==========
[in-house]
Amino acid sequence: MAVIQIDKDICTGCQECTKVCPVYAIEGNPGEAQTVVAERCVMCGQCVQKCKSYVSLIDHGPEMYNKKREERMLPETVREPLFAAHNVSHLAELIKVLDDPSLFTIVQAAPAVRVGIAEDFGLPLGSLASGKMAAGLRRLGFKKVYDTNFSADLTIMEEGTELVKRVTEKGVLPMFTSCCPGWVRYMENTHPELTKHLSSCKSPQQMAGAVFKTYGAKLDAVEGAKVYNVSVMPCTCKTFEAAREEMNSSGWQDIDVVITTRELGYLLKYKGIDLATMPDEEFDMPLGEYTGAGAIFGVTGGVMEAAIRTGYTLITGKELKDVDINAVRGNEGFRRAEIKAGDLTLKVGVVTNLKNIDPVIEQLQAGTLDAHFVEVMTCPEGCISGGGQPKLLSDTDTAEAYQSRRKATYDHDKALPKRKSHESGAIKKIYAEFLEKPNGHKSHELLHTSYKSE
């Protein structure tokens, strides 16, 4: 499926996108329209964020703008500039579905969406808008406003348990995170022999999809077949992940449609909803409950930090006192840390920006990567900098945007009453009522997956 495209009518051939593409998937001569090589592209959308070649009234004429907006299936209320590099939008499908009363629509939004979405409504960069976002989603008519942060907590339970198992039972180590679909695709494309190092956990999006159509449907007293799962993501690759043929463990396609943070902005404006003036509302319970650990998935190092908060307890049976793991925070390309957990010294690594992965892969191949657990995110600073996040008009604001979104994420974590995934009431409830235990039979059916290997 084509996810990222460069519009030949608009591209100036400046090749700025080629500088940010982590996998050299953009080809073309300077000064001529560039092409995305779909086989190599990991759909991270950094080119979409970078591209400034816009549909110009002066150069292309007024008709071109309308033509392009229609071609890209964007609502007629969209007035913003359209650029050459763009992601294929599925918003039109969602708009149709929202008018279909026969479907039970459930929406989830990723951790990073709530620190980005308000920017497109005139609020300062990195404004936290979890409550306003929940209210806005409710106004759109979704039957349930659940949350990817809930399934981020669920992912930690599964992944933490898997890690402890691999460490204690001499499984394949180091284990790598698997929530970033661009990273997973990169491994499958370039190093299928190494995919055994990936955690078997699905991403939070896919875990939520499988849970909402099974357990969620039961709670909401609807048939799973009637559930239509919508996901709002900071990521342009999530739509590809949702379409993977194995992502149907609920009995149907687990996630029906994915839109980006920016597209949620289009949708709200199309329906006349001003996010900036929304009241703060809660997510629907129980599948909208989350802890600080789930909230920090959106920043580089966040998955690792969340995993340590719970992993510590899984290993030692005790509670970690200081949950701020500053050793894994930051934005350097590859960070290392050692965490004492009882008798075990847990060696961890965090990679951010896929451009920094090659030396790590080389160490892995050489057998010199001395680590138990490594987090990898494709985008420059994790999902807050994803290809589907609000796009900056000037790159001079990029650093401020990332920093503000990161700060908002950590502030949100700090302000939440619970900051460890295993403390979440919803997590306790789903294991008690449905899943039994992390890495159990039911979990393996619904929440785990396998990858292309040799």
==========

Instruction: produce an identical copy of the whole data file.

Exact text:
[in-house]
Amino acid sequence: MAVIQIDKDICTGCQECTKVCPVYAIEGNPGEAQTVVAERCVMCGQCVQKCKSYVSLIDHGPEMYNKKREERMLPETVREPLFAAHNVSHLAELIKVLDDPSLFTIVQAAPAVRVGIAEDFGLPLGSLASGKMAAGLRRLGFKKVYDTNFSADLTIMEEGTELVKRVTEKGVLPMFTSCCPGWVRYMENTHPELTKHLSSCKSPQQMAGAVFKTYGAKLDAVEGAKVYNVSVMPCTCKTFEAAREEMNSSGWQDIDVVITTRELGYLLKYKGIDLATMPDEEFDMPLGEYTGAGAIFGVTGGVMEAAIRTGYTLITGKELKDVDINAVRGNEGFRRAEIKAGDLTLKVGVVTNLKNIDPVIEQLQAGTLDAHFVEVMTCPEGCISGGGQPKLLSDTDTAEAYQSRRKATYDHDKALPKRKSHESGAIKKIYAEFLEKPNGHKSHELLHTSYKSE
């Protein structure tokens, strides 16, 4: 499926996108329209964020703008500039579905969406808008406003348990995170022999999809077949992940449609909803409950930090006192840390920006990567900098945007009453009522997956 495209009518051939593409998937001569090589592209959308070649009234004429907006299936209320590099939008499908009363629509939004979405409504960069976002989603008519942060907590339970198992039972180590679909695709494309190092956990999006159509449907007293799962993501690759043929463990396609943070902005404006003036509302319970650990998935190092908060307890049976793991925070390309957990010294690594992965892969191949657990995110600073996040008009604001979104994420974590995934009431409830235990039979059916290997 084509996810990222460069519009030949608009591209100036400046090749700025080629500088940010982590996998050299953009080809073309300077000064001529560039092409995305779909086989190599990991759909991270950094080119979409970078591209400034816009549909110009002066150069292309007024008709071109309308033509392009229609071609890209964007609502007629969209007035913003359209650029050459763009992601294929599925918003039109969602708009149709929202008018279909026969479907039970459930929406989830990723951790990073709530620190980005308000920017497109005139609020300062990195404004936290979890409550306003929940209210806005409710106004759109979704039957349930659940949350990817809930399934981020669920992912930690599964992944933490898997890690402890691999460490204690001499499984394949180091284990790598698997929530970033661009990273997973990169491994499958370039190093299928190494995919055994990936955690078997699905991403939070896919875990939520499988849970909402099974357990969620039961709670909401609807048939799973009637559930239509919508996901709002900071990521342009999530739509590809949702379409993977194995992502149907609920009995149907687990996630029906994915839109980006920016597209949620289009949708709200199309329906006349001003996010900036929304009241703060809660997510629907129980599948909208989350802890600080789930909230920090959106920043580089966040998955690792969340995993340590719970992993510590899984290993030692005790509670970690200081949950701020500053050793894994930051934005350097590859960070290392050692965490004492009882008798075990847990060696961890965090990679951010896929451009920094090659030396790590080389160490892995050489057998010199001395680590138990490594987090990898494709985008420059994790999902807050994803290809589907609000796009900056000037790159001079990029650093401020990332920093503000990161700060908002950590502030949100700090302000939440619970900051460890295993403390979440919803997590306790789903294991008690449905899943039994992390890495159990039911979990393996619904929440785990396998990858292309040799």